New Discoveries About Down's

About Down's Syndrome (mongolism), a disorder present at birth that causes abnormal physical development and mental retardation, Dr. Reading writes:

I decided to run pathology tests associated with coeliac disease on every Down's Syndrome child who came in my door. The outcome to say the least has been staggering. I have, to date, tested 18 Down's Syndrome children - and 17 of them have the pathology associated with coeliac disease. [The one exception was a young child who, with marked allergies to wheat, was well on his way to coeliac disease, according to Reading.]

By being placed on a gluten-free diet, with the right amounts of relevant vitamins and minerals, most of those 18 children have made rapid and measurable improvements in height, head circumference, weight, mental and motor development and general health.

Can It Be Prevented?

He even has a theory about how the chromosomal aberration responsible for Down's (47 chromosomes instead of 46) might be avoided! Poor nutrient absorption in either parent because of actual or latent coeliac disease might destroy the right balance of cyclic AMP and prostaglandins--natural cell metabolites that are needed for normal cell division [meiosis], he suggests.

The remedy? He writes:
Every mother-to-be with a family tree suggestive of coeliac disease, grain allergies, gluten sensitivity or autoimmune disease should have her allergies identified, avoid the offending foods and take vitamin-mineral supplements during pregnancy.

This especially applies to older mothers, whose egg cells are more likely to be below par anyway. It could well apply to men with that sort of family tree: if the imbalance does affect the meiosis of male reproductive cells, then avoiding the suspect foods and taking vitamin-mineral supplements for as long as possible before conception would obviously be valuable.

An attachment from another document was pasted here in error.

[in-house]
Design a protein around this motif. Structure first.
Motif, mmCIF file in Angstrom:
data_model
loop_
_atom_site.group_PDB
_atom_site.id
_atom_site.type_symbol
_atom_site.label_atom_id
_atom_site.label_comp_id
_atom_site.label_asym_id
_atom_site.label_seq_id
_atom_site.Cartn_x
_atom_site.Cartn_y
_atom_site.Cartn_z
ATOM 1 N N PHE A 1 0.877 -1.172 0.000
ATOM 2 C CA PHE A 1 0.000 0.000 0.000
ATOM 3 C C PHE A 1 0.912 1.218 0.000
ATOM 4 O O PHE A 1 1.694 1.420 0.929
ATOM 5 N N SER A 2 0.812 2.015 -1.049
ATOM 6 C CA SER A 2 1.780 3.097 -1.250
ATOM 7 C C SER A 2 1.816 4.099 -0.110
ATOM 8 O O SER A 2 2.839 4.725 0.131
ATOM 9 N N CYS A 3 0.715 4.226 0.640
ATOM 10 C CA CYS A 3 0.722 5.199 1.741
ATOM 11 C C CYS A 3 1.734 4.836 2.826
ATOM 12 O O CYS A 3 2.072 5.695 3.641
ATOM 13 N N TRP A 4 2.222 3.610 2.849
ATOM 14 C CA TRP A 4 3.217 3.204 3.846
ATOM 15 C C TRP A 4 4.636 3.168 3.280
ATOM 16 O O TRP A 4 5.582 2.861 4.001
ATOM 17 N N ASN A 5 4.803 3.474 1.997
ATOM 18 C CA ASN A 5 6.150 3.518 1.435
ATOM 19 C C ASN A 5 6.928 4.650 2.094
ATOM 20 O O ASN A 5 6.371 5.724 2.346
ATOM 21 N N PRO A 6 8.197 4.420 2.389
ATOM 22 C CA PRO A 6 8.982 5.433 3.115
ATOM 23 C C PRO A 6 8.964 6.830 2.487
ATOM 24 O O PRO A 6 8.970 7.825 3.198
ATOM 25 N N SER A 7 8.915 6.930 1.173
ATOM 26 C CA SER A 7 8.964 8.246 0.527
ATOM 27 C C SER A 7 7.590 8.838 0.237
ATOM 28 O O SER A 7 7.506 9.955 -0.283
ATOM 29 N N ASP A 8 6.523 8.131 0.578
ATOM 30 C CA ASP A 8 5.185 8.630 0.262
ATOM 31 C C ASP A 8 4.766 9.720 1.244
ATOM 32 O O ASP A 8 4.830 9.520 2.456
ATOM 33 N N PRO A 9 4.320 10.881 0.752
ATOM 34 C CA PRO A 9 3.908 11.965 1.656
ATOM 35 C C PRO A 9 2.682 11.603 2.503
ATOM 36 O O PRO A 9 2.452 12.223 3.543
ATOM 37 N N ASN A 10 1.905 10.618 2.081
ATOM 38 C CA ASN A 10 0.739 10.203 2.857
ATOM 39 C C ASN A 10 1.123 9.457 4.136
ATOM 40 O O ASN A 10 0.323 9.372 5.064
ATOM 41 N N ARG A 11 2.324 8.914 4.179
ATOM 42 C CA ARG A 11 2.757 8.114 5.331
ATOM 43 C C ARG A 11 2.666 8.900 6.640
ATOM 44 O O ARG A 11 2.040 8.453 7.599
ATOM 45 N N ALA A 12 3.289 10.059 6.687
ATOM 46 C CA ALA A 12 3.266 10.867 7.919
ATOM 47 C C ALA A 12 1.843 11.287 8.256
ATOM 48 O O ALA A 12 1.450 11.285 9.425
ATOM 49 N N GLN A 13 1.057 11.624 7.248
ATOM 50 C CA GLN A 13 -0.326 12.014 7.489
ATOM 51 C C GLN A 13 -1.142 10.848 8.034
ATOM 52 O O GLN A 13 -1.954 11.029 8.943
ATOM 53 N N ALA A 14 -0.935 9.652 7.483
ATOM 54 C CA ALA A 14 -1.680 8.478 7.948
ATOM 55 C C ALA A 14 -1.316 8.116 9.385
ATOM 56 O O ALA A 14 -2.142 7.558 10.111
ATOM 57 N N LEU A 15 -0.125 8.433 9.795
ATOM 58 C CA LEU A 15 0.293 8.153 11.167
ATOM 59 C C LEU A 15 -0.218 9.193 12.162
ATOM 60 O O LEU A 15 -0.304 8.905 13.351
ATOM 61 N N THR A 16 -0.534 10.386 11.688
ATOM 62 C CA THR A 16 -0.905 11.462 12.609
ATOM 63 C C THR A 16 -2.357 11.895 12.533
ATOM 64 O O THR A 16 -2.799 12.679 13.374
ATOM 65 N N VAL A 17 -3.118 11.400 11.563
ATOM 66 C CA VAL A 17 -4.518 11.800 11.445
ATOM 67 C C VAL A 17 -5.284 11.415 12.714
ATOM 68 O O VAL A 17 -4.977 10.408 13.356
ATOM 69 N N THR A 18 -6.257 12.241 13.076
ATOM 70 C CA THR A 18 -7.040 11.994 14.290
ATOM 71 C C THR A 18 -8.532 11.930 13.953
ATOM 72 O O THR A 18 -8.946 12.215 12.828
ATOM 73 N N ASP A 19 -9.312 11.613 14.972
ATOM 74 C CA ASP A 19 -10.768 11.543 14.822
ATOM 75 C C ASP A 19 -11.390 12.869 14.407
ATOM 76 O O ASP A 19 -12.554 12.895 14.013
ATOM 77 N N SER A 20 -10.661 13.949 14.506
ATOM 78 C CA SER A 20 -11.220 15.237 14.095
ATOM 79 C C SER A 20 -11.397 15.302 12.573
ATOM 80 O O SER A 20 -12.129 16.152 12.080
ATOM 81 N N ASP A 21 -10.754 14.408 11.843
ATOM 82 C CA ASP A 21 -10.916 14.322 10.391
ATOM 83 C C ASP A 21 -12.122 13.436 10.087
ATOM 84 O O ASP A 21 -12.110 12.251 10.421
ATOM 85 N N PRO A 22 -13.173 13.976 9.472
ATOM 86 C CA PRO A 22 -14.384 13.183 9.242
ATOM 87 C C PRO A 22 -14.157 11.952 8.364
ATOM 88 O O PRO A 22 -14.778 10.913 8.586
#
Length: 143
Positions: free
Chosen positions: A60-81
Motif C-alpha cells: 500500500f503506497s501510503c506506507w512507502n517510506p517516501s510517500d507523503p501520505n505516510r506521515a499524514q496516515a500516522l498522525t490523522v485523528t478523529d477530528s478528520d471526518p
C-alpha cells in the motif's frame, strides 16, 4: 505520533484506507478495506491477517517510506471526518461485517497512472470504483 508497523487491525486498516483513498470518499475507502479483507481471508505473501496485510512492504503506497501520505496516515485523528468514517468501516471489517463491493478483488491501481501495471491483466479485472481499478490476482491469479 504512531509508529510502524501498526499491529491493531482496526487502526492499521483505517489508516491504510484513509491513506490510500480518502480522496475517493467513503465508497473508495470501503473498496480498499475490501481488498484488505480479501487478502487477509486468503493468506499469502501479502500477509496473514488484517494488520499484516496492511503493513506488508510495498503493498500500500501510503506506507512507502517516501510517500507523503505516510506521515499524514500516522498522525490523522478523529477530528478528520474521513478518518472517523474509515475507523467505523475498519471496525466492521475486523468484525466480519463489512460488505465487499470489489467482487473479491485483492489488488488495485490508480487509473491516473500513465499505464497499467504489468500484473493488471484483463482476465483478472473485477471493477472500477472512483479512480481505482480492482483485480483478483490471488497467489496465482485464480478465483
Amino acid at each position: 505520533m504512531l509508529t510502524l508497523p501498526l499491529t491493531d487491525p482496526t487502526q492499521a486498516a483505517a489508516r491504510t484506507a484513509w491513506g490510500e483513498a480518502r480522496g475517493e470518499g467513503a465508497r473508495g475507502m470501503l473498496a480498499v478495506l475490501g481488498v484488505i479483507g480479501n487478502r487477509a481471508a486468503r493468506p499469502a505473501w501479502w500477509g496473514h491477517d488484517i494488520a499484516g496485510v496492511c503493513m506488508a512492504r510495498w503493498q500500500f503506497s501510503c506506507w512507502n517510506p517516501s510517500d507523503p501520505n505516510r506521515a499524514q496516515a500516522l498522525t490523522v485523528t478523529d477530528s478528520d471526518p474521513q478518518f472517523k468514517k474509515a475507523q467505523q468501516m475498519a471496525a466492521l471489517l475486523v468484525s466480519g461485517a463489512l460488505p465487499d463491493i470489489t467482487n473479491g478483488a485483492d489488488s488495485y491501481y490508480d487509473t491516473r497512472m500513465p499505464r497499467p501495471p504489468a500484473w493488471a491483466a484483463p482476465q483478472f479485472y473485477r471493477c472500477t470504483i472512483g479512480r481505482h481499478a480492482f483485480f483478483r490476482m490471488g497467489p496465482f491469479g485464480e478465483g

Here's another Reading blockbuster, this time about Alzheimer's. (These Aussies really know how to sock it to you!) He describes the well-known medical fact that an unusually high percentage of Down's children who reach the age of 35 (many die much earlier of leukemia and other diseases) will develop Alzheimer's Syndrome. Of course, Alzheimer's affects the normal population as well, causing devastating mental deterioration in the afflicted individuals, beginning between ages 40 and 60 and progressing in a few short years to complete loss of intellectual function. Dr. Reading suggests that Alzheimer's, like Down's, may develop because of a hidden inherited grain allergy. If so, he says the preventive measures he describes for Down's might keep Alzheimer's off the family tree!

I was alerted to the book some months ago by the PPNF JOURNAL, published quarterly by the Price-Pottenger Nutrition Foundation. Through the years, I've learned that editor Patricia Connolly has an unerring instinct for concepts that can jolt us out of any tendency towards stodgy thinking! She wrote: "Occasionally one finds a book that turns on lights, rings bells, makes sense, fits most of the jigsaw pieces of important information into a logical pattern and shows us how to take a giant step forward in the health care of ourselves and our families." I'll be writing a lot more about Dr. Reading's work in future issues.